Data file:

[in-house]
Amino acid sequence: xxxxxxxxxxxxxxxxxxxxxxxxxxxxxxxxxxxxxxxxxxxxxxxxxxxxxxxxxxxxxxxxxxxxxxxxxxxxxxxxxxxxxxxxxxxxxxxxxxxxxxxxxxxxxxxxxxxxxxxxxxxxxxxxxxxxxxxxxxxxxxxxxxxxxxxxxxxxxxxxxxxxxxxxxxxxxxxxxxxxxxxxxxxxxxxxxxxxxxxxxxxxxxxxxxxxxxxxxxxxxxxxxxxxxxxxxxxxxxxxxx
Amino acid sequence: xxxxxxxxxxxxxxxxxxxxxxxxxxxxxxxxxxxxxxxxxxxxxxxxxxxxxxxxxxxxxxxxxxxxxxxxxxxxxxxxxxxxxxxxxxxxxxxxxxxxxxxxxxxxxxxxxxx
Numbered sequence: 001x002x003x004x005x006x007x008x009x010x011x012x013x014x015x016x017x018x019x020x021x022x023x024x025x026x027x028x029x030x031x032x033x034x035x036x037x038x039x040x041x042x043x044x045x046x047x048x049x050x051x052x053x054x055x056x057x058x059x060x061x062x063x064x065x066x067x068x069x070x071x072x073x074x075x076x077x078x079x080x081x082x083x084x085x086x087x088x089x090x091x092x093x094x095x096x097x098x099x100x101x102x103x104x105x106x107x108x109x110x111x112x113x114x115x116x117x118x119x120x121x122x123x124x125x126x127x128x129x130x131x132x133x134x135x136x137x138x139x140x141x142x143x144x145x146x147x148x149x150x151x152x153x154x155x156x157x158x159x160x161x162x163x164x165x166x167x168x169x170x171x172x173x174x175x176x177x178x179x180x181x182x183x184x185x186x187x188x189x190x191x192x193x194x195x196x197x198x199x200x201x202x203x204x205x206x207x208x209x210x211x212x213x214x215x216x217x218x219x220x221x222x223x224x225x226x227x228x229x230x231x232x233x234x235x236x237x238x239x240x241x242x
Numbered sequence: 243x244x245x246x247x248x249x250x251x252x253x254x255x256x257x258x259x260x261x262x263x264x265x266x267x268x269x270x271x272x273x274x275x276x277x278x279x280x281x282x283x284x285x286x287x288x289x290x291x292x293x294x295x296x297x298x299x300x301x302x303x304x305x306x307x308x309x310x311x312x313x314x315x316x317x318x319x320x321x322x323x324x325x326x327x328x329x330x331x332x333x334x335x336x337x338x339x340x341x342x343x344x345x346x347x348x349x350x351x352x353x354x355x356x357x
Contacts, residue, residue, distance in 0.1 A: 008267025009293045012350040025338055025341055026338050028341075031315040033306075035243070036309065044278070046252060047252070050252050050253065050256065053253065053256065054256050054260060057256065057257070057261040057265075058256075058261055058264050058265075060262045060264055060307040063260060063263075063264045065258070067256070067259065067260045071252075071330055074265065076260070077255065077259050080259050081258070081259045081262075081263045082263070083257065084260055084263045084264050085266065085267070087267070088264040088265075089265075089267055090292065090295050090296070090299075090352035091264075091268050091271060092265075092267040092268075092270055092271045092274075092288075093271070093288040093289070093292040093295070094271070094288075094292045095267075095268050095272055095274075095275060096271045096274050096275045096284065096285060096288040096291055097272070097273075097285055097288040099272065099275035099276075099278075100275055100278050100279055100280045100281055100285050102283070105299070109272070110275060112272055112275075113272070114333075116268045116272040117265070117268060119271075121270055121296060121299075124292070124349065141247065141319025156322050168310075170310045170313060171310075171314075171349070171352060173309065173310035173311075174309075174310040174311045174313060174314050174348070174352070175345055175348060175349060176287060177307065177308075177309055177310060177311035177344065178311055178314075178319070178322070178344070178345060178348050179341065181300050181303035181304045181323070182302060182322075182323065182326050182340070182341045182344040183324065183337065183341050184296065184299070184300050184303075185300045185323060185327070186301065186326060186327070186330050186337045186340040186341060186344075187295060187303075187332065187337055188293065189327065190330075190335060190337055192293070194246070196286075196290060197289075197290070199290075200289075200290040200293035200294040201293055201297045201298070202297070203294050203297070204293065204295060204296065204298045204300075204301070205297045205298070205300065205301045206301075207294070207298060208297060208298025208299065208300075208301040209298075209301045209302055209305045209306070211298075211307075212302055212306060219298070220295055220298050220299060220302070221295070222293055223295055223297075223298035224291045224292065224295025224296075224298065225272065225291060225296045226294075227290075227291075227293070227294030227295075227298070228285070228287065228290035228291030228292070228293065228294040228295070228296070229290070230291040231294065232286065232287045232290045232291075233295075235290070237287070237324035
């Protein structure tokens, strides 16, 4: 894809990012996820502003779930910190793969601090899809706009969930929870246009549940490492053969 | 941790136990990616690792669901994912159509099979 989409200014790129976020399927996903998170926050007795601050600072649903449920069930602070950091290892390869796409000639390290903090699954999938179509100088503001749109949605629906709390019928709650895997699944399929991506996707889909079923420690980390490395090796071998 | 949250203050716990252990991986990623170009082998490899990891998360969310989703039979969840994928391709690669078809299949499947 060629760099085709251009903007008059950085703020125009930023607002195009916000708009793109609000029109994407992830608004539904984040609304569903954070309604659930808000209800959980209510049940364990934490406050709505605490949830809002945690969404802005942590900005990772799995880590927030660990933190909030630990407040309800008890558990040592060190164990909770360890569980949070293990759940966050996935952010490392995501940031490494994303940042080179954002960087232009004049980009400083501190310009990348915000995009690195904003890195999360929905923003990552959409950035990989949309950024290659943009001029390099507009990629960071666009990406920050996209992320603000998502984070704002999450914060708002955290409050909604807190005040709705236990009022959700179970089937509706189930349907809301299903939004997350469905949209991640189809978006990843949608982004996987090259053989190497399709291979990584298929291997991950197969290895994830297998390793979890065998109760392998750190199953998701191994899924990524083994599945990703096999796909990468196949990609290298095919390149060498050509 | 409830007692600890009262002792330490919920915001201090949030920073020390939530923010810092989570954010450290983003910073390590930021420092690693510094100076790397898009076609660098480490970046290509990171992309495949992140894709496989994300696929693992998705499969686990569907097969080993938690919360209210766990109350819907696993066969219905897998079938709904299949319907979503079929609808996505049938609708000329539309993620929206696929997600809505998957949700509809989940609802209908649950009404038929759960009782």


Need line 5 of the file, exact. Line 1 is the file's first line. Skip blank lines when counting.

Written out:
Numbered sequence: 243x244x245x246x247x248x249x250x251x252x253x254x255x256x257x258x259x260x261x262x263x264x265x266x267x268x269x270x271x272x273x274x275x276x277x278x279x280x281x282x283x284x285x286x287x288x289x290x291x292x293x294x295x296x297x298x299x300x301x302x303x304x305x306x307x308x309x310x311x312x313x314x315x316x317x318x319x320x321x322x323x324x325x326x327x328x329x330x331x332x333x334x335x336x337x338x339x340x341x342x343x344x345x346x347x348x349x350x351x352x353x354x355x356x357x